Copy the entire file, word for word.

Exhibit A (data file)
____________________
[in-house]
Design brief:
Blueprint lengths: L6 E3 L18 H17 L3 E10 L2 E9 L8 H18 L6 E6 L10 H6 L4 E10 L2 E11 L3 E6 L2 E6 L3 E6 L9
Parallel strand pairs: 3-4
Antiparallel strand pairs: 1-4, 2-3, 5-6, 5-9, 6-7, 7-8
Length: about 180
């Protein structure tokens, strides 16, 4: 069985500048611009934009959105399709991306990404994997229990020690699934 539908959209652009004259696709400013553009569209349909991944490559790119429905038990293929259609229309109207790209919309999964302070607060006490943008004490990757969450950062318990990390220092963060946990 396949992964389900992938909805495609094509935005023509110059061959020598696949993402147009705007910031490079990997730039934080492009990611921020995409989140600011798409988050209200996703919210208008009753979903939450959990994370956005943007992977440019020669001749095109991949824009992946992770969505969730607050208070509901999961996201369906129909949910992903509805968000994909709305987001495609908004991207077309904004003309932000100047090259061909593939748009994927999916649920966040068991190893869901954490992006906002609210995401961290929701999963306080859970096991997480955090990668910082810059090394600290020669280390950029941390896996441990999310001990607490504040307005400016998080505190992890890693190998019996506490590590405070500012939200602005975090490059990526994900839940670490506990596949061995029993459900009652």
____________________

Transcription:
[in-house]
Design brief:
Blueprint lengths: L6 E3 L18 H17 L3 E10 L2 E9 L8 H18 L6 E6 L10 H6 L4 E10 L2 E11 L3 E6 L2 E6 L3 E6 L9
Parallel strand pairs: 3-4
Antiparallel strand pairs: 1-4, 2-3, 5-6, 5-9, 6-7, 7-8
Length: about 180
């Protein structure tokens, strides 16, 4: 069985500048611009934009959105399709991306990404994997229990020690699934 539908959209652009004259696709400013553009569209349909991944490559790119429905038990293929259609229309109207790209919309999964302070607060006490943008004490990757969450950062318990990390220092963060946990 396949992964389900992938909805495609094509935005023509110059061959020598696949993402147009705007910031490079990997730039934080492009990611921020995409989140600011798409988050209200996703919210208008009753979903939450959990994370956005943007992977440019020669001749095109991949824009992946992770969505969730607050208070509901999961996201369906129909949910992903509805968000994909709305987001495609908004991207077309904004003309932000100047090259061909593939748009994927999916649920966040068991190893869901954490992006906002609210995401961290929701999963306080859970096991997480955090990668910082810059090394600290020669280390950029941390896996441990999310001990607490504040307005400016998080505190992890890693190998019996506490590590405070500012939200602005975090490059990526994900839940670490506990596949061995029993459900009652």